And so, we are pleased to present to you the lineup for 2015:


Sword and Shadow, Book 6: The Rune Blades of Celi, by Ann Marston
Shakespeare for Slackers: Macbeth, by Aaron Kite


King Kwong: Larry Kwong, the China Clipper who broke the NHL colour barrier, by Paula Johanson
The Tattooed Rose, Book 3, by Susan MacGregor
Shakespeare for Readers’ Theatre, Book 2: Shakespeare’s Greatest Villains: The Merry Wives of Windsor; Othello, the Moor of Venice; Richard III; King Lear, by John Poulsen
The Prime Ministers of Canada: John Diefenbaker, by Lanny Boutin
The Prime Ministers of Canada: Lester B. Pearson, by Gordon Gibb
The Prime Ministers of Canada: Pierre Trudeau, by Paula Johanson
The Prime Ministers of Canada: Robert Borden, by Dorothy Pedersen
The Prime Ministers of Canada: Alexander Mackenzie, by Elle-Andra Warner
Eye of Strife, by Dave Duncan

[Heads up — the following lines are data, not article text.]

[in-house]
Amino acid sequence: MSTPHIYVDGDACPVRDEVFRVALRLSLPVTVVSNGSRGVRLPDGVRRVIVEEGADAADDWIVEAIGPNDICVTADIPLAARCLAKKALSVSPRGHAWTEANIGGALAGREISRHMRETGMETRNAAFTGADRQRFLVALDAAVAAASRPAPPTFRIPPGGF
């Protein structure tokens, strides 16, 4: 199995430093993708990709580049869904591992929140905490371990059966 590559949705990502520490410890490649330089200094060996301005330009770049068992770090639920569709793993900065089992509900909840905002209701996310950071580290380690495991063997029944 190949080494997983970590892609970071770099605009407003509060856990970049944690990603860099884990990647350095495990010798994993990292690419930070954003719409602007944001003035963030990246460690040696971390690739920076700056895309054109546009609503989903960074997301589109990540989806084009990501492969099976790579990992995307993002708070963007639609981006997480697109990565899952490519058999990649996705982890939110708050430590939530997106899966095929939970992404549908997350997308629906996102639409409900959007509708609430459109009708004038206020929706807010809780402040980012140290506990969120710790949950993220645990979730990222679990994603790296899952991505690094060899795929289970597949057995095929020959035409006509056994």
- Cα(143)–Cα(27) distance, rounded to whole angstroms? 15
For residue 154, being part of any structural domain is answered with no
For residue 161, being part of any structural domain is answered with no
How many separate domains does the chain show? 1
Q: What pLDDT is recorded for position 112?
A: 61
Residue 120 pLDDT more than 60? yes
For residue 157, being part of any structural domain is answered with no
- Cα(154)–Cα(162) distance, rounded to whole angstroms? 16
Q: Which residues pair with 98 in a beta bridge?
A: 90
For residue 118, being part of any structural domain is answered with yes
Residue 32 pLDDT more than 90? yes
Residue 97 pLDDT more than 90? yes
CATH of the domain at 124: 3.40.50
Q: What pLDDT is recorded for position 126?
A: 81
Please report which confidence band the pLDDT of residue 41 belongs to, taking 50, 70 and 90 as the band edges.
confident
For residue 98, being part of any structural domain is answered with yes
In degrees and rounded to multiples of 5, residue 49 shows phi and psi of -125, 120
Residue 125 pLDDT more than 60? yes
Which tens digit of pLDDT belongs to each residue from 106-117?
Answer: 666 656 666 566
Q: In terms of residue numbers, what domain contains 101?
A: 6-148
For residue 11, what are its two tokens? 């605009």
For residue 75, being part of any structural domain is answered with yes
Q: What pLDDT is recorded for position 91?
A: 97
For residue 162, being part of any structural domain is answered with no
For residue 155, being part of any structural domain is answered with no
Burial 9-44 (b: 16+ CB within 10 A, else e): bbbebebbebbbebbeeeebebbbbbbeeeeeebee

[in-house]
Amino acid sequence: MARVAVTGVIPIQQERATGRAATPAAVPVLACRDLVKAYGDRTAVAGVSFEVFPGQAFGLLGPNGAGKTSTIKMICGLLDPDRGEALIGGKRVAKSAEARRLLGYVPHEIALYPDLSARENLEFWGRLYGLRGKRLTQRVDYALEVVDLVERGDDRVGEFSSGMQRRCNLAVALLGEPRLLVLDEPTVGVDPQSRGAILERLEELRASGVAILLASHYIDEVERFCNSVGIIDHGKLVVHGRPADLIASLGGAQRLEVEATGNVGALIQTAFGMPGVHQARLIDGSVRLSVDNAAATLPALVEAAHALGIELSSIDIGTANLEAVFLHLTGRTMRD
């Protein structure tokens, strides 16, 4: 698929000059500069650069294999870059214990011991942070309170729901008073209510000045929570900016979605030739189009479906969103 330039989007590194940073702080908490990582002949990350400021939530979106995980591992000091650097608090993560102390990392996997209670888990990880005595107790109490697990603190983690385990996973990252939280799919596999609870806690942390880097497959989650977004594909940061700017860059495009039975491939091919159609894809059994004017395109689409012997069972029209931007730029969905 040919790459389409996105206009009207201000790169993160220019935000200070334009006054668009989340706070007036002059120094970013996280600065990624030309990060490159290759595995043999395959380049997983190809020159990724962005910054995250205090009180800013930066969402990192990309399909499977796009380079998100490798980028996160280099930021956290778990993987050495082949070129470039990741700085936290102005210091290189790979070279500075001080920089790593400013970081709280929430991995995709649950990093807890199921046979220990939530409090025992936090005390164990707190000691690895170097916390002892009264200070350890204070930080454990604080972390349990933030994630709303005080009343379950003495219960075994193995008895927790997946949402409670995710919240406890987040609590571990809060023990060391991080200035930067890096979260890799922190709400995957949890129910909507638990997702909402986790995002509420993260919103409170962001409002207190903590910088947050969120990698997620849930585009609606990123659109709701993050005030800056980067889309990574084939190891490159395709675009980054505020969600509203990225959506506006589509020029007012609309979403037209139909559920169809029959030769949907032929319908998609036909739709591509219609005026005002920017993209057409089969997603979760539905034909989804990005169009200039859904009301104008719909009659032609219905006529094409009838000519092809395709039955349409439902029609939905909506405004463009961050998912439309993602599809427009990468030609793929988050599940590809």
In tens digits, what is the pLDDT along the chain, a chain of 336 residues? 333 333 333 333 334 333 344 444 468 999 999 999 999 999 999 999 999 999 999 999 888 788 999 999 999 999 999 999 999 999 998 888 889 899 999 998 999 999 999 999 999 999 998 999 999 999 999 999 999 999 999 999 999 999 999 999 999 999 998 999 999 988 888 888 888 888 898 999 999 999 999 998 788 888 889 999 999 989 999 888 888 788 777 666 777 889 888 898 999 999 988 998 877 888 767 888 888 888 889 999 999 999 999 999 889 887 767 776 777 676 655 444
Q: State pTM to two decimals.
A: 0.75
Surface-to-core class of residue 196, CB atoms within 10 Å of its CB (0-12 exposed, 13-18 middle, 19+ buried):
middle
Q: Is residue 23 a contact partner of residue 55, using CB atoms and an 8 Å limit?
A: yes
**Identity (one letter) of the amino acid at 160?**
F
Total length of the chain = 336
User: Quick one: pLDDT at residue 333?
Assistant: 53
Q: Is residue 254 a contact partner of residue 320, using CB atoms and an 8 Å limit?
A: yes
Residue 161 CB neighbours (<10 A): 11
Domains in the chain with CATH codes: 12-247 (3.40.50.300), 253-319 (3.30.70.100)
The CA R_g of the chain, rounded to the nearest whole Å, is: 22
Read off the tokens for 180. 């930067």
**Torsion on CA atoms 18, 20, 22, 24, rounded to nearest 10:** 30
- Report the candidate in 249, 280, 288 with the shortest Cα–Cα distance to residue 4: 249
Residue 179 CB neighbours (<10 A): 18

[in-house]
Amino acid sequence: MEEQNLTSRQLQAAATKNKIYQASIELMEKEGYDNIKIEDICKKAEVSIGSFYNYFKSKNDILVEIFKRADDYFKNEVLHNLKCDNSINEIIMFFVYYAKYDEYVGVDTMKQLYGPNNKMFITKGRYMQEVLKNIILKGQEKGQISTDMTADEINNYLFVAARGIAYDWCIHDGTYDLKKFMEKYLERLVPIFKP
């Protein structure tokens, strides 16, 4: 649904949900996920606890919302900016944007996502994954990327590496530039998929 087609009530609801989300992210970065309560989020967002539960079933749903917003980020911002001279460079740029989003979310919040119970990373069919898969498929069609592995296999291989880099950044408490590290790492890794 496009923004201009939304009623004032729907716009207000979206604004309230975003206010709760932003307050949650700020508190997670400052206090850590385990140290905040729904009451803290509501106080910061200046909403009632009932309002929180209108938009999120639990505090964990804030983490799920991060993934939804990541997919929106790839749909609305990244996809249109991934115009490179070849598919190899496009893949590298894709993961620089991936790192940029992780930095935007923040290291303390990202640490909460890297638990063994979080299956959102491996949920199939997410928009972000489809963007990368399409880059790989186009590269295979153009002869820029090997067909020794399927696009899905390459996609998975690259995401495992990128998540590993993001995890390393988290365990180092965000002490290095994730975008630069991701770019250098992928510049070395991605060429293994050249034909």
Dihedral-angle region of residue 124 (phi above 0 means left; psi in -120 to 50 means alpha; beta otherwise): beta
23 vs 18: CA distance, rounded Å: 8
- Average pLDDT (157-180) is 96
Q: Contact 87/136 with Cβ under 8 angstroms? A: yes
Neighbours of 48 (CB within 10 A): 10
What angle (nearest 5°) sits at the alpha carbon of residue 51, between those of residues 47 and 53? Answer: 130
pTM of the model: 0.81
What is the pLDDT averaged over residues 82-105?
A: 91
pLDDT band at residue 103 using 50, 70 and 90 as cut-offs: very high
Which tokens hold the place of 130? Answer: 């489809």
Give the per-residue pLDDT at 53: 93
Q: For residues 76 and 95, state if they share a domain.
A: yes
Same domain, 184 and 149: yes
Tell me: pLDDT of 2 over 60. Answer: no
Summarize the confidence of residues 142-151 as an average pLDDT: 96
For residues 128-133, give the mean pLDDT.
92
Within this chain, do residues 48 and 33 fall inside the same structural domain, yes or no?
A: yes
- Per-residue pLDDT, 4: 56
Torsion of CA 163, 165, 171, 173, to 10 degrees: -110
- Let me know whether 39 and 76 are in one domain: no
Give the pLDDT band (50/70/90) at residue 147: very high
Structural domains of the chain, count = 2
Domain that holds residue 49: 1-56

Hunter's Daughter, by Nowick Gray 


Tower in the Crooked Wood, by Paula Johanson


Chronicles of Ivor, by Dave Duncan


The Prime Ministers of Canada: John S.D. Thompson, by Elle-Andra Warner
The Prime Ministers of Canada: Charles Tupper, by Paula Johanson
Hawk, by Marie Powell


Cat’s Pawn, by Leslie Gadallah


Type2, by Alicia Hendley
Bane’s Choice, Book 7: The Rune Blades of Celi, by Ann Marston
The Prime Ministers of Canada: Arthur Meighen, by Dorothy Pedersen
The Prime Ministers of Canada: William Lyon Mackenzie King, by Nate Hendley
The Prime Ministers of Canada: Joe Clark, by Lanny Boutin
The Prime Ministers of Canada: Jean Chretien, by Nate Hendley
The Prime Ministers of Canada: Paul Martin, by Elle-Andra Warner
Beyond Media Literacy: New Paradigms in Media Education, by Colin Scheyen
The Prime Ministers of Canada: John A. Macdonald, by Mark Shainblum
The Prime Ministers of Canada: Wilfred Laurier, by Mark Shainblum

We hope you will find our 2015 offerings of interest, and continue to journey with us on this never dull, always fascinating voyage on the good ship, Five Rivers.